11 04 2008

Passion For Reason

Disability rights, forgotten human rights

By Raul Pangalangan

Philippine Daily Inquirer

04/11/2008

http://opinion.inquirer.net/inquireropinion/columns/view/20080411-129635/Disability-rights-forgotten-human-rights

Manila, Philippines—The Philippine Senate will soon be called upon to ratify the Convention on the Rights of Persons with Disabilities. These are the forgotten human rights, rarely the stuff of headlines, banners and mass protests but, when violated, cause pain and sadness just the same. We must support our senators in the righteous work of ratifying this Convention, and support them in palpable and unmistakable terms. Why are disability rights often relegated to the legislative backburner?

First, disability rights are most often violated in what is called the “private sphere” that does not involve the state. When we deal with other, more typical human rights violations, it is the government that is first and foremost “the usual suspect.” As long as the government’s hand is not implicated, it seems, the attitude is that discrimination on the basis of disability is someone else’s problem.

Consider censorship and its chilling effect on free speech, for instance, and you might think of, say, the secretary of justice and his “media advisories.” On the other hand, when it comes to respecting the rights of persons with disabilities, the most typical culprit is usually a private person. It can be a bank that refuses to allow a blind person to deposit a P5,000 crossed check. It can be a 5-star hotel that initially balks at building a wheelchair ramp because it didn’t blend with the design of its driveway. It can be a cab driver too impatient to wait for a paraplegic’s wheelchair to be folded and kept in the trunk.

I learned that recently Cebu Pacific Air—and I’m otherwise a fan of this airline, I hasten to add, because they taught me the supreme convenience of booking flights via the Internet—refused to allow 10 deaf passengers on a flight to Boracay. All 10 were already seated inside the plane, when the crew told them to disembark, citing their policy that blind and deaf passengers had to be properly accompanied in order to be treated as “regular passengers.” If unaccompanied, “he/she may be accepted for carriage provided he/she can take care of himself/herself on the ground and in-flight.”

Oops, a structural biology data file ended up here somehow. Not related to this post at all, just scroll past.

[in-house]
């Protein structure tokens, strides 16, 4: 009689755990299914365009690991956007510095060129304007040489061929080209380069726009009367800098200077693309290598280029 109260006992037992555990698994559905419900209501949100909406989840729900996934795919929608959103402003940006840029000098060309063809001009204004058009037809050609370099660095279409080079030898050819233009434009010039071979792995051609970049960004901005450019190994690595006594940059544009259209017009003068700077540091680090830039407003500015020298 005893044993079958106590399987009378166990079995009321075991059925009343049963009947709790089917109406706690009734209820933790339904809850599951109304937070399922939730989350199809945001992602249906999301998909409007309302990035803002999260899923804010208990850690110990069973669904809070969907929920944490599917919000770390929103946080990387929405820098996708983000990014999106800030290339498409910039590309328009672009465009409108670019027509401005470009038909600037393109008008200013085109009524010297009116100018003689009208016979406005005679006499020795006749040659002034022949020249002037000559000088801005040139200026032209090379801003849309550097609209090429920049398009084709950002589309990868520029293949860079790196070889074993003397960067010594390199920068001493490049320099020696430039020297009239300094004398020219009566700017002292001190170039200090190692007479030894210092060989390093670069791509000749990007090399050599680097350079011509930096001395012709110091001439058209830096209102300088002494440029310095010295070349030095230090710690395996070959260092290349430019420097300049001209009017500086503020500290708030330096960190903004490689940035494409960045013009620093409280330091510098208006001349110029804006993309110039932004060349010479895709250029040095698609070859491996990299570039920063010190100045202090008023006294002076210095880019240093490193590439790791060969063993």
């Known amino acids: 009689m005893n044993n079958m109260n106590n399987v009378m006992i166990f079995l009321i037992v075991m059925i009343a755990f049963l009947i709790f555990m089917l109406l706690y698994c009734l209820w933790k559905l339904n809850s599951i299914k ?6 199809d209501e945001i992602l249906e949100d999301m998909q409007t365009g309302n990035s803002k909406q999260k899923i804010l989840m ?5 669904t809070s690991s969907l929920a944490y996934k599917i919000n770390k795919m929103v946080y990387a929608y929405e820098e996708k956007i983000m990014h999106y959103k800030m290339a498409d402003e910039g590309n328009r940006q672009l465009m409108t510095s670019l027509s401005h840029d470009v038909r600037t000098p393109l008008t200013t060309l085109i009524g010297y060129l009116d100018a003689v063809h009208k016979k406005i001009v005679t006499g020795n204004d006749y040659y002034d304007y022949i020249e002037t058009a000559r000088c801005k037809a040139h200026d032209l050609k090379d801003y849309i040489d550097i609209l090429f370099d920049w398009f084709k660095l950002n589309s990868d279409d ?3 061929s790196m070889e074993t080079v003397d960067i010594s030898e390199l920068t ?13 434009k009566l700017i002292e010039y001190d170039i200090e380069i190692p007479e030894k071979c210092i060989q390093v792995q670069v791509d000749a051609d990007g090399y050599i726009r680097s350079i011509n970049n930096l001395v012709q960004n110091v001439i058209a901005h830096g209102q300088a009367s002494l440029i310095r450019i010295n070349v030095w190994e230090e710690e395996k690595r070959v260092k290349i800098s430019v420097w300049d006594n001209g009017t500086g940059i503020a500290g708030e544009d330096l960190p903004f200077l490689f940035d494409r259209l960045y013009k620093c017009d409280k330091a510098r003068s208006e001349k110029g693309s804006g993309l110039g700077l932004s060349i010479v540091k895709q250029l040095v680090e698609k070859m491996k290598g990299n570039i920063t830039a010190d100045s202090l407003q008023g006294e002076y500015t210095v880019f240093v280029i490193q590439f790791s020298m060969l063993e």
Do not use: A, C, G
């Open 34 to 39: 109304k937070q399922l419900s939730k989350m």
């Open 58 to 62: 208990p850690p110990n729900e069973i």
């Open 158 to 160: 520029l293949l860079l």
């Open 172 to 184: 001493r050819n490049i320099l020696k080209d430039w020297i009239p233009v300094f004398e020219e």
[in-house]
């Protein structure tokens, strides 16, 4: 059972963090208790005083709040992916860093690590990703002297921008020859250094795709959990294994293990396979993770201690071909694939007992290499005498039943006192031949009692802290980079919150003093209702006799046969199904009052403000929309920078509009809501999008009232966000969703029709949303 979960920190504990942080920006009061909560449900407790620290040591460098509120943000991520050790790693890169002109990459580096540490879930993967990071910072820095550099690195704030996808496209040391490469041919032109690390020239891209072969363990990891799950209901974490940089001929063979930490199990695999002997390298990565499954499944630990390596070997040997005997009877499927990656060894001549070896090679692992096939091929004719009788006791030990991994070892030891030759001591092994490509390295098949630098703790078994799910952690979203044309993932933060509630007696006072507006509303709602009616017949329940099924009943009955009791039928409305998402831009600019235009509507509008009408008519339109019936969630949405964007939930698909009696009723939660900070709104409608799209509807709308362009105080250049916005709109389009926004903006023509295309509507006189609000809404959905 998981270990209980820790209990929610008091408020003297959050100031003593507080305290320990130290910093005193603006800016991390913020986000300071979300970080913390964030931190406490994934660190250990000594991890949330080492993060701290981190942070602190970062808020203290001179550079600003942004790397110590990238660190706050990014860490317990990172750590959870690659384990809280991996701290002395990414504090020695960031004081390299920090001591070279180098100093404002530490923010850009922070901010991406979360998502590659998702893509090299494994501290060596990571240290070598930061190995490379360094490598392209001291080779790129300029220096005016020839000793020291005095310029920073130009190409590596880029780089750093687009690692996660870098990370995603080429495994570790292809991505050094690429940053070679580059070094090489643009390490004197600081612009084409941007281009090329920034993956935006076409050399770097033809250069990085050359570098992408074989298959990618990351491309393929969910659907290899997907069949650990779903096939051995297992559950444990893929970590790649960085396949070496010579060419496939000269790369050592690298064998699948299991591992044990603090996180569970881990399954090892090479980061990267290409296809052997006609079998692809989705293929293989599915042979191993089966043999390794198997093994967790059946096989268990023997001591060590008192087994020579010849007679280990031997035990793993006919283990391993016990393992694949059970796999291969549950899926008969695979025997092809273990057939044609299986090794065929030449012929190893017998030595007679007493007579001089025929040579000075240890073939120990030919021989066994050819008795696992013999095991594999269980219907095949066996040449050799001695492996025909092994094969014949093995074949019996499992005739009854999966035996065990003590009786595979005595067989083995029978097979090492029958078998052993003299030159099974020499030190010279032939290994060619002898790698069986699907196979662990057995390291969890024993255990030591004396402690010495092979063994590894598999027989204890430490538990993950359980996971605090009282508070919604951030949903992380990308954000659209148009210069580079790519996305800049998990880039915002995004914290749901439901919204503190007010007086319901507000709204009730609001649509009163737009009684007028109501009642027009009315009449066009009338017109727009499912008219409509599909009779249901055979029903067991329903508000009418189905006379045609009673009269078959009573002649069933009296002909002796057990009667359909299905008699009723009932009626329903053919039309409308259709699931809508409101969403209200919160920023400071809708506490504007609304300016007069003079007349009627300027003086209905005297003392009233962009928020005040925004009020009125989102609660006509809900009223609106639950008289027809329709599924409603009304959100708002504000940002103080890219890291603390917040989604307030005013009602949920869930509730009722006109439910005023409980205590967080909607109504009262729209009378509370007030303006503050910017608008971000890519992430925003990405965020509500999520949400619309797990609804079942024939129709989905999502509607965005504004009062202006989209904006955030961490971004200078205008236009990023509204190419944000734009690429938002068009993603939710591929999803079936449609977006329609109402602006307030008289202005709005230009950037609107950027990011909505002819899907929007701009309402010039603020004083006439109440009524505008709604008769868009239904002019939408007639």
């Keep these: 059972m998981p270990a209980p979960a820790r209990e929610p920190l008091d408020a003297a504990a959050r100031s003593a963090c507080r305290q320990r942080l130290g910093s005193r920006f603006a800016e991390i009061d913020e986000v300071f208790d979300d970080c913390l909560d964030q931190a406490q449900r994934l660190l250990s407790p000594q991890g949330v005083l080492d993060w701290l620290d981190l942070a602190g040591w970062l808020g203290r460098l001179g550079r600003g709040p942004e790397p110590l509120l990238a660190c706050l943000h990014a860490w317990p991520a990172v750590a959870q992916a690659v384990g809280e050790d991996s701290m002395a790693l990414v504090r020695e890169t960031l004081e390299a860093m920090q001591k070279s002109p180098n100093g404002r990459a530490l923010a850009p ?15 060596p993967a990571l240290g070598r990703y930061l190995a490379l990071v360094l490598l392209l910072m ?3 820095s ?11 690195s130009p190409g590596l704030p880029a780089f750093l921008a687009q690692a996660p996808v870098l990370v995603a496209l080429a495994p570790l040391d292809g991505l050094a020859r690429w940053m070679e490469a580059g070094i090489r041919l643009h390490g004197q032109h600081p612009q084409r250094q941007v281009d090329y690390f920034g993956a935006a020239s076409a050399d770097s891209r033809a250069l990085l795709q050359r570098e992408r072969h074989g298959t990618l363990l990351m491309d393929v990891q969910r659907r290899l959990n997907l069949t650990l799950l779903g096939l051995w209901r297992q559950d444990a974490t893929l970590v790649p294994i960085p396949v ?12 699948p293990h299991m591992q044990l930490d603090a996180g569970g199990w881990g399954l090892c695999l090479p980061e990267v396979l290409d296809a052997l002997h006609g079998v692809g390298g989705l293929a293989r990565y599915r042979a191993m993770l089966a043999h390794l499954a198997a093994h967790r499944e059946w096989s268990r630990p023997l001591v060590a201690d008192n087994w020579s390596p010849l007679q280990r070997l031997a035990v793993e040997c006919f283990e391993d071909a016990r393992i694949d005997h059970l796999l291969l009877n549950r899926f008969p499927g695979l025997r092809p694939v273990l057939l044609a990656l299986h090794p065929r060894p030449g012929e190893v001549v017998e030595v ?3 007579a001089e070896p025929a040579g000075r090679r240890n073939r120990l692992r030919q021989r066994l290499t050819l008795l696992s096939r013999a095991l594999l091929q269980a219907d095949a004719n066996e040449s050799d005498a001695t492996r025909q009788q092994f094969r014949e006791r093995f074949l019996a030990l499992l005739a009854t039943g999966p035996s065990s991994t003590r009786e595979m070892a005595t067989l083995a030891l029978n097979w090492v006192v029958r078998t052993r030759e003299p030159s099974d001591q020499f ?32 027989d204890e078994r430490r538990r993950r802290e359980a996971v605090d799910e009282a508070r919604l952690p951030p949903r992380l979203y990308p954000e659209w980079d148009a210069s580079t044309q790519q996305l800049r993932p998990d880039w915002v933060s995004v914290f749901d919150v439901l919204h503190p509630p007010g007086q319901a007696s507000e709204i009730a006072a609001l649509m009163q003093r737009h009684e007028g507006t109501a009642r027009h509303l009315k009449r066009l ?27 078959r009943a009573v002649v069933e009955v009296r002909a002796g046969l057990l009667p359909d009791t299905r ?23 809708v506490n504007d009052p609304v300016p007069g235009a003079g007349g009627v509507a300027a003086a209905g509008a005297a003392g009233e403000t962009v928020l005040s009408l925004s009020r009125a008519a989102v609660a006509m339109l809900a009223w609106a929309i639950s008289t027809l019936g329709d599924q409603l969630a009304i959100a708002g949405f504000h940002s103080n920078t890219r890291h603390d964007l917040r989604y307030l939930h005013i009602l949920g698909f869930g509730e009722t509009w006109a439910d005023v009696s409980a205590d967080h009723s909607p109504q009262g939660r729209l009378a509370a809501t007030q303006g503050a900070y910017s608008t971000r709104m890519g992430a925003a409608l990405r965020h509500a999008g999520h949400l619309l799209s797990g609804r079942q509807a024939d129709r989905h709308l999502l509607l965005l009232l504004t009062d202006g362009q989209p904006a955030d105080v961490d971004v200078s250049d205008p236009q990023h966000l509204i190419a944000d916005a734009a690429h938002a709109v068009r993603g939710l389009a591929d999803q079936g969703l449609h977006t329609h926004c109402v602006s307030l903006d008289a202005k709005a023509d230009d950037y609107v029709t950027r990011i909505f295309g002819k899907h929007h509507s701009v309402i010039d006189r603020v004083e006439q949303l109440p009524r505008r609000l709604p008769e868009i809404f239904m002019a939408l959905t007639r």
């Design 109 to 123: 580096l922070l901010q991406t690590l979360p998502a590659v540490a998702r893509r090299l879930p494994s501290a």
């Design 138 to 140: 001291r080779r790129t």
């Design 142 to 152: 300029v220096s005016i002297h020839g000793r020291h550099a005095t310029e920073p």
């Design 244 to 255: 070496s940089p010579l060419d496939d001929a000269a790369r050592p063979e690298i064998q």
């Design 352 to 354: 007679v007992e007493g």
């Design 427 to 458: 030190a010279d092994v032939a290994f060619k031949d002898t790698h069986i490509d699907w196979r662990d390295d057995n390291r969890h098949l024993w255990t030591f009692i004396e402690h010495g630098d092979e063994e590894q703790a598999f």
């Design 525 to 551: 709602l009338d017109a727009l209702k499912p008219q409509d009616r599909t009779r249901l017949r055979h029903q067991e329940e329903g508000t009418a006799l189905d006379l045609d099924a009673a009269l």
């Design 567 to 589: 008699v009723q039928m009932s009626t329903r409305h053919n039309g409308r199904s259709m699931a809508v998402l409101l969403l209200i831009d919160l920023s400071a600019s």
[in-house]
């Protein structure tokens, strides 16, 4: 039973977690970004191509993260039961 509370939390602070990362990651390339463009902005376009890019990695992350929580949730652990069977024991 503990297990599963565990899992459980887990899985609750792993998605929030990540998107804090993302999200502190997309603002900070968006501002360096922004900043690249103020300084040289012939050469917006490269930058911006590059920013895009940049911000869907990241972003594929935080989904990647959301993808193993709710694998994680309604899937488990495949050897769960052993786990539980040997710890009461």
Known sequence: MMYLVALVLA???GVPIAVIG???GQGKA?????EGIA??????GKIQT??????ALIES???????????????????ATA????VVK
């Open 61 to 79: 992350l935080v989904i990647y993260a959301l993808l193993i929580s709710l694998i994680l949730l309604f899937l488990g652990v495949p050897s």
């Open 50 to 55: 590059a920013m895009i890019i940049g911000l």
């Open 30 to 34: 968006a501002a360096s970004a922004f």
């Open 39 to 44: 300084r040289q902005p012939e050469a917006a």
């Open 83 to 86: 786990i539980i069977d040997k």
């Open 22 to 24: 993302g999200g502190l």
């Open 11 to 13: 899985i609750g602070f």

The irony was that four members of the group were visiting Americans who had flown all the way to the Philippines on their own, without a hitch, and had demonstrably met the internationally stringent standards of other airlines. They had come to attend the grand centennial of the Philippine School for the Deaf, the oldest such school in the Philippines. They hadn’t been apprised of the policy in advance. Worst of all, though they were promised a full refund, what they received was short by P590, the agent’s service fee apparently. (In the end, only two of the passengers were allowed to board.)

Second, there are functional grounds for exclusion. Cebu Pacific, for instance, can cite the need to communicate to the deaf passengers in case of an emergency, which brings us to the third reason: Equal treatment is not cost-free. In the case of the deaf passengers, it entails either a companion (cost to be borne by the deaf passenger) or administrative arrangements to meet the specific disability (cost to be borne by the airline).

The misconception, however, is that the other, more infamous human rights violations are different: that they always entail state action, cannot be explained by any practical rationale whatsoever, and are cost-free. That is not true. Ideas may be censored by Justice Secretary Raul Gonzalez, but they may also be stifled by teachers or school administrators—except now we pierce the veil of state action and ask “What are the victim’s rights?” rather than “Who violated his rights?” Historically, racial discrimination ratified in the law the inequalities in education, opportunities and wealth that existed in fact—except now we know better, and know in our hearts that bigotry can always parade itself as race-neutral and functional. And finally, all equality claims entail costs: maternity leave entails a few months’ paid leave and can wreak havoc with personnel management—except that now we have arrived at a consensus that mothers have a right to be in the workplace and that we must all chip in to secure that place, for their sake as well as our consciences.

I had earlier written a piece titled “The ‘disabled’—and us, the temporarily abled,” and called upon the “robust and healthy to see themselves in the shoes, nay, in the wheelchairs, of persons with disabilities,” since we all are merely “biding our time until our [own] powers wither away: our eyes dim, the hearing fades, the knees and joints corrode” and the inevitable disabilities come upon all lives.

In the Philippine campaign to ratify the Disability Rights Convention, the real impediment is one of attitude and philosophy. Our message should be, in the words of the Supreme Court speaking through Chief Justice Artemio Panganiban, that equality is “rooted not merely on charity or accommodation, but on justice for all” and that these are “legal rights [that we must protect] not as a matter of compassion but as a consequence of law and justice.”

The Disability Rights Convention asserts the universal claim to equal dignity, but now we fight the battle in the trenches in Manila. Here we find deep-seated cultural biases, a combination of Darwinian indifference and fatalistic resignation. Yet precisely because the local culture is largely inhospitable to claims by persons with disabilities, precisely for that reason we must secure their claims by law and, given native biases, by an international law that the global community can oversee.

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